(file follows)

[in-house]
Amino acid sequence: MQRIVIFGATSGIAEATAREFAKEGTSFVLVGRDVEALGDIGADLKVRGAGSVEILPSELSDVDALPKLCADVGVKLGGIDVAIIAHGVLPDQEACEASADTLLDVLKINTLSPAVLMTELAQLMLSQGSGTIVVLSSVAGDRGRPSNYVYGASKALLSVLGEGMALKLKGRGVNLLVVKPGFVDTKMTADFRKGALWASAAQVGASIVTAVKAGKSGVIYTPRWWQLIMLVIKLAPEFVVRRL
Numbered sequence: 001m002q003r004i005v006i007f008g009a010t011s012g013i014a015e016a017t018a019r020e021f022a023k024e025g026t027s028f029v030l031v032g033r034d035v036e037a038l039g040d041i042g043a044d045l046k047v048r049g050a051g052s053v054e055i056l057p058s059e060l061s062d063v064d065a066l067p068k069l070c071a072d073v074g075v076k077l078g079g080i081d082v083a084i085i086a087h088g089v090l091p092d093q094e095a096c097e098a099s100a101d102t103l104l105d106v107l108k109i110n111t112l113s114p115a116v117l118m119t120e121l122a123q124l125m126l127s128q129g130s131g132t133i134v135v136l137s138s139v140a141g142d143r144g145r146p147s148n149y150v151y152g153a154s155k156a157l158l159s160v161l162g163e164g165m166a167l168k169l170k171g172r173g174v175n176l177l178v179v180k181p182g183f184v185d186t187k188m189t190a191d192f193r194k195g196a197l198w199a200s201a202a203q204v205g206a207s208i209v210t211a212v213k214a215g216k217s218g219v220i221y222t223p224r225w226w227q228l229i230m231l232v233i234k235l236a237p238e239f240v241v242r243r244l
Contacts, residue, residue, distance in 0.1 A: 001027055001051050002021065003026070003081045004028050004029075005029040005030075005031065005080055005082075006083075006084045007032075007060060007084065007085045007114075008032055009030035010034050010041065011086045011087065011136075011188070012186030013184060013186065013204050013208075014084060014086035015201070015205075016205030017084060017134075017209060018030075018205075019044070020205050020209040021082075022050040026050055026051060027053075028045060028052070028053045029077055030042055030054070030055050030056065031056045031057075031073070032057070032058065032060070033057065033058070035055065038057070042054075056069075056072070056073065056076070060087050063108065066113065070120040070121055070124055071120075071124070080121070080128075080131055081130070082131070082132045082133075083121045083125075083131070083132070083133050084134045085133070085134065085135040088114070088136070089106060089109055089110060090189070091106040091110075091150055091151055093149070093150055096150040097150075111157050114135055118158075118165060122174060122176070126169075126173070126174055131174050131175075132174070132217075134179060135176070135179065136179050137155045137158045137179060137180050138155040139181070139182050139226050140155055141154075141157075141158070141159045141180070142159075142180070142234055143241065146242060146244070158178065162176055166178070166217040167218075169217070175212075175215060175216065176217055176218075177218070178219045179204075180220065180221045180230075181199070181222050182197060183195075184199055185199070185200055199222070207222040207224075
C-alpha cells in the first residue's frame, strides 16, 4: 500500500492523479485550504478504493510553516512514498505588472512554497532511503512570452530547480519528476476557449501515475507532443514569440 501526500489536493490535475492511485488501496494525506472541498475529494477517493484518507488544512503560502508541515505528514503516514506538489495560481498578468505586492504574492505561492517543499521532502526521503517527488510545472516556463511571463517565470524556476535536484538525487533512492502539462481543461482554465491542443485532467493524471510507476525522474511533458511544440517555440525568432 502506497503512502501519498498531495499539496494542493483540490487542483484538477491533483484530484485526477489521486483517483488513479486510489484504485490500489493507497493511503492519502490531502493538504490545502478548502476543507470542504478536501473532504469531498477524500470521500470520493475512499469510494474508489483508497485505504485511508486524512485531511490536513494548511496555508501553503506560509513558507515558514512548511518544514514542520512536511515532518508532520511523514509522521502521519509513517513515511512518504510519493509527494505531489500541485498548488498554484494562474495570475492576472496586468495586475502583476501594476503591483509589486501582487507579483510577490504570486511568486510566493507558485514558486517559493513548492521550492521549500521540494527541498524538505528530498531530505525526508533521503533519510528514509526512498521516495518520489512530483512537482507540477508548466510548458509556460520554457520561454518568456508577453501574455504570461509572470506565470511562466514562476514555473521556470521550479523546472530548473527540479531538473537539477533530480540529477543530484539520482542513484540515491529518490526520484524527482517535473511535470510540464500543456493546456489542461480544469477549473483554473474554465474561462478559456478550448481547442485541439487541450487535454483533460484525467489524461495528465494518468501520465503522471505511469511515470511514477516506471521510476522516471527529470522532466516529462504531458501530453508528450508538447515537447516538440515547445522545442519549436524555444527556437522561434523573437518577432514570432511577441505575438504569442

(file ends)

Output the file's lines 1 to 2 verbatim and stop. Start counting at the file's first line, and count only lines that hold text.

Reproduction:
[in-house]
Amino acid sequence: MQRIVIFGATSGIAEATAREFAKEGTSFVLVGRDVEALGDIGADLKVRGAGSVEILPSELSDVDALPKLCADVGVKLGGIDVAIIAHGVLPDQEACEASADTLLDVLKINTLSPAVLMTELAQLMLSQGSGTIVVLSSVAGDRGRPSNYVYGASKALLSVLGEGMALKLKGRGVNLLVVKPGFVDTKMTADFRKGALWASAAQVGASIVTAVKAGKSGVIYTPRWWQLIMLVIKLAPEFVVRRL